Catholic, Greek and Armenian Churches Work Together to Renovate Christ’s Tomb
June 07, 2016
Catholic, Greek and Armenian Churches Work Together to Renovate Christ’s Tomb –
JERUSALEM (AP) — A team of experts began a historic renovation on Monday at the spot where Christians believe Jesus was buried, overcoming longstanding religious rivalries to carry out the first repairs at the site in more than 200 years.
The project is focused on reinforcing and preserving the Edicule — the ancient chamber housing Jesus’ tomb in Jerusalem’s Church of the Holy Sepulchre. It is the first such work at the tomb since 1810, when the shrine was restored and given its current shape following a fire.
An ornate structure with hanging oil lamps, columns and oversize candlesticks, the Edicule was erected above the spot where Christian tradition says Jesus’ body was anointed, wrapped in cloth and buried before his resurrection. It stands a few hundred yards (meters) from the site of Jesus’ crucifixion.
With its stone staircases, gilded ornamentation and many dark chambers, the church is one of Christianity’s holiest shrines. But that hasn’t stopped clerics from engaging in turf rivalries over the years.
The Roman Catholic, Greek Orthodox and Armenian churches are responsible for maintaining separate sections, and each denomination jealously guards its domain. While the clergymen who work and pray at the church generally get along, tensions can rise to the surface. In 2008, an argument between Greek Orthodox and Armenian monks erupted into a brawl.
This time, the clergymen put aside their differences — a reflection of the dire need for the repairs. Last year, Israeli police briefly shut down the building after Israel’s Antiquities Authority deemed it unsafe, prompting the Christian denominations to join forces.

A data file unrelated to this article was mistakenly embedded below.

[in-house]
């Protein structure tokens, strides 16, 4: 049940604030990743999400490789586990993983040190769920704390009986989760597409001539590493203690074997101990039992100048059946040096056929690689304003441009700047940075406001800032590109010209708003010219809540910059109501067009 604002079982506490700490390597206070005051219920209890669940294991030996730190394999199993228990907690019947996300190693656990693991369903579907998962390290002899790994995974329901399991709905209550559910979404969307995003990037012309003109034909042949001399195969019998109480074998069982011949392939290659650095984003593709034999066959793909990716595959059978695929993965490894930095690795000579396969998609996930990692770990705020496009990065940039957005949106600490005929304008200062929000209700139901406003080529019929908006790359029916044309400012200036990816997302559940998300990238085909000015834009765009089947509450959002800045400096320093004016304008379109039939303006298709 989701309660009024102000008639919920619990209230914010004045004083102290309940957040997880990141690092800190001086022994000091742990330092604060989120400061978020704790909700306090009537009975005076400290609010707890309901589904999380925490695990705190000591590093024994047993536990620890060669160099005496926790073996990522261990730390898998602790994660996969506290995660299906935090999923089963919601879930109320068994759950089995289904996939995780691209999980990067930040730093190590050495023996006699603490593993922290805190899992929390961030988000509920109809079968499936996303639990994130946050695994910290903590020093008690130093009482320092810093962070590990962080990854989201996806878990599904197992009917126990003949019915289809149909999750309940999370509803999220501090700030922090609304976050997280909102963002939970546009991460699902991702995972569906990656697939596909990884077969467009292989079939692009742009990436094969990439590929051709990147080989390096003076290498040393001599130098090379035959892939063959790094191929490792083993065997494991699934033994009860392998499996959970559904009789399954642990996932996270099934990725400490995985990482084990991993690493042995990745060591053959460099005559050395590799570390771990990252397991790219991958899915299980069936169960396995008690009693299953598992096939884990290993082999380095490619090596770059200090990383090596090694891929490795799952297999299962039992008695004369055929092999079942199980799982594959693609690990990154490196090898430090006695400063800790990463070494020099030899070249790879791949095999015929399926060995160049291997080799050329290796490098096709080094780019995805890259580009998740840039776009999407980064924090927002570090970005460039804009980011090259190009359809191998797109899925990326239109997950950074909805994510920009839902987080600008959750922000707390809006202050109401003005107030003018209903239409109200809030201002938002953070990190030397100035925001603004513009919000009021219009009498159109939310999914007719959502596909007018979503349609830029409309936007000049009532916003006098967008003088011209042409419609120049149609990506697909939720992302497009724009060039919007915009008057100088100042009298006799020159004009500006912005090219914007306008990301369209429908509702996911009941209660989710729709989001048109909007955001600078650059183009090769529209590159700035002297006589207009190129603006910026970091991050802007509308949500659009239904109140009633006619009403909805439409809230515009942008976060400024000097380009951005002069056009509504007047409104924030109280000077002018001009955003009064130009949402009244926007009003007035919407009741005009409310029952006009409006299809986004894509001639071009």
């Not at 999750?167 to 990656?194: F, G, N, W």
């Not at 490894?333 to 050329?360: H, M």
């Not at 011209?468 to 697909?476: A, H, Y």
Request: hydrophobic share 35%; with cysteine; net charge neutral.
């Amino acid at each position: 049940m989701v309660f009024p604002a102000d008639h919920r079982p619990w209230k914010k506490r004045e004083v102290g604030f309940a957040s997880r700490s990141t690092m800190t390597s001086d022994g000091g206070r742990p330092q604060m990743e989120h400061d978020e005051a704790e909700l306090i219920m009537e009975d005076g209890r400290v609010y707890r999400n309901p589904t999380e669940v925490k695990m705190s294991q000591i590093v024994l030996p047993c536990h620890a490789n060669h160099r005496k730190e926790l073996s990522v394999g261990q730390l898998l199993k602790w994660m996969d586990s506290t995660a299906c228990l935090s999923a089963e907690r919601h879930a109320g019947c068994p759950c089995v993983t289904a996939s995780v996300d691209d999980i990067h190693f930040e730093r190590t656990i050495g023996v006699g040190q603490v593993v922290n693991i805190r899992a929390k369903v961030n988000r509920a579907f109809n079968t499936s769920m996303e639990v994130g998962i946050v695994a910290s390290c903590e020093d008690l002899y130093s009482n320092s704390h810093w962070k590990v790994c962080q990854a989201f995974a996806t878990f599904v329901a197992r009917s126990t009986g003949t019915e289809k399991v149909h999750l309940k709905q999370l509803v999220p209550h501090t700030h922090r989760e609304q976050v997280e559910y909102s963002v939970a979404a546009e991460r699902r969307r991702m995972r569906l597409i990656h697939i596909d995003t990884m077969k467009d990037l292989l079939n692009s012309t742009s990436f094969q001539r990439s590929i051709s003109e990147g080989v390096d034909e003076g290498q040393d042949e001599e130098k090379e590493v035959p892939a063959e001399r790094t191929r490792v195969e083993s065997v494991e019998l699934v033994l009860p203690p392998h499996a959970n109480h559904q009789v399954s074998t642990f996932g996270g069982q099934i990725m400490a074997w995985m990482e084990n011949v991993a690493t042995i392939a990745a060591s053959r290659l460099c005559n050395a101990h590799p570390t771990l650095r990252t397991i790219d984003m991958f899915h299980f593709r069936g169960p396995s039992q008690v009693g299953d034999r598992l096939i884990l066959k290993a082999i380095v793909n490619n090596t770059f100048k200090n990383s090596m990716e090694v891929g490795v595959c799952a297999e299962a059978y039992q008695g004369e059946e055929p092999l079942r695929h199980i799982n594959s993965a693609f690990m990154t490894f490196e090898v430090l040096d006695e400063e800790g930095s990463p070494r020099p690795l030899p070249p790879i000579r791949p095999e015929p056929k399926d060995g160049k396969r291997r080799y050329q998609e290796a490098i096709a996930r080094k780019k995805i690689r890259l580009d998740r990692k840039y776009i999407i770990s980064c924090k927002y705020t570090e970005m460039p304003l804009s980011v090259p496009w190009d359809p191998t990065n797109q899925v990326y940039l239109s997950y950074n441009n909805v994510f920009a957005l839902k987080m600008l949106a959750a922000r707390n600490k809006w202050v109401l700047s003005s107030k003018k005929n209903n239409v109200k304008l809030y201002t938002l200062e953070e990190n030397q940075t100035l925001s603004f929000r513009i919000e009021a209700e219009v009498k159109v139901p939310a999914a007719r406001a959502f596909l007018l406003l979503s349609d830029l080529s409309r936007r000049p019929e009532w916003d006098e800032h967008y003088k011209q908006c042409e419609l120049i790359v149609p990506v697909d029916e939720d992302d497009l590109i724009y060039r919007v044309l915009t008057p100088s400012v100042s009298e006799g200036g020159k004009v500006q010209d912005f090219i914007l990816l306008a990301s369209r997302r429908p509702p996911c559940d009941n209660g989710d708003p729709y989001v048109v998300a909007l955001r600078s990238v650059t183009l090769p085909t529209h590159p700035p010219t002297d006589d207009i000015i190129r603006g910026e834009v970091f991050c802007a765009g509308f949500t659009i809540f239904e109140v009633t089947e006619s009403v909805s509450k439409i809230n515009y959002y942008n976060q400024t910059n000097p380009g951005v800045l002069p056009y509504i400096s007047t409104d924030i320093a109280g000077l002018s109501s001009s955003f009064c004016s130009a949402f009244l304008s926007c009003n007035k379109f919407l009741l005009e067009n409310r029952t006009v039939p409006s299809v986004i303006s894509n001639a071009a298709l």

“We equally decided the required renovation was necessary to be done, so we agreed upon it”, said the Rev. Samuel Aghoyan, the top Armenian official at the church.
An Associated Press team had exclusive access to the site as the work began late Monday, carried out by a team of nine Greek experts who have done similar restoration work on the Acropolis as well as to Byzantine churches throughout the Mediterranean.
The project will cost about $3.3 million (3 million euros), said Theophilos III, the Greek-Orthodox patriarch of Jerusalem. Each church is contributing funds. In addition, Jordan’s King Abdullah made a personal donation. Jordan controlled Jerusalem’s Old City until the 1967 Mideast war, and the kingdom continues to play a role safeguarding Muslim and Christian holy sites.
Despite the sometimes tense relations between the denominations, the tomb served as a potent symbol of Christian unity when Pope Francis and the spiritual leader of the world’s Orthodox Christians, Ecumenical Patriarch Bartholomew I, prayed together there in May 2014.
Likewise, today’s restoration is bridging centuries-old divisions by being carried out in the name of all three major denominations that share possession.
In a show of unity, on May 20 clerics from the three denominations posed and shook hands in front of the scaffolding erected around the tomb ahead of the work.
The church, one of the world’s oldest, was built in 325 A.D. by the Roman Emperor Constantine. That structure was destroyed in 1009 by Muslim Caliph al-Hakim. A 12th-century restoration by the Crusaders gave the Holy Sepulchre its current appearance, while in 1808 a fire all but destroyed the Edicule.
In 1852, the Ottoman authorities then governing the Holy Land provided a framework for resolving disputes inside the church. They put into effect the “status quo,” a set of historic laws and power-sharing arrangements that rigidly regulates the denominations’ activities inside the Holy Sepulchre.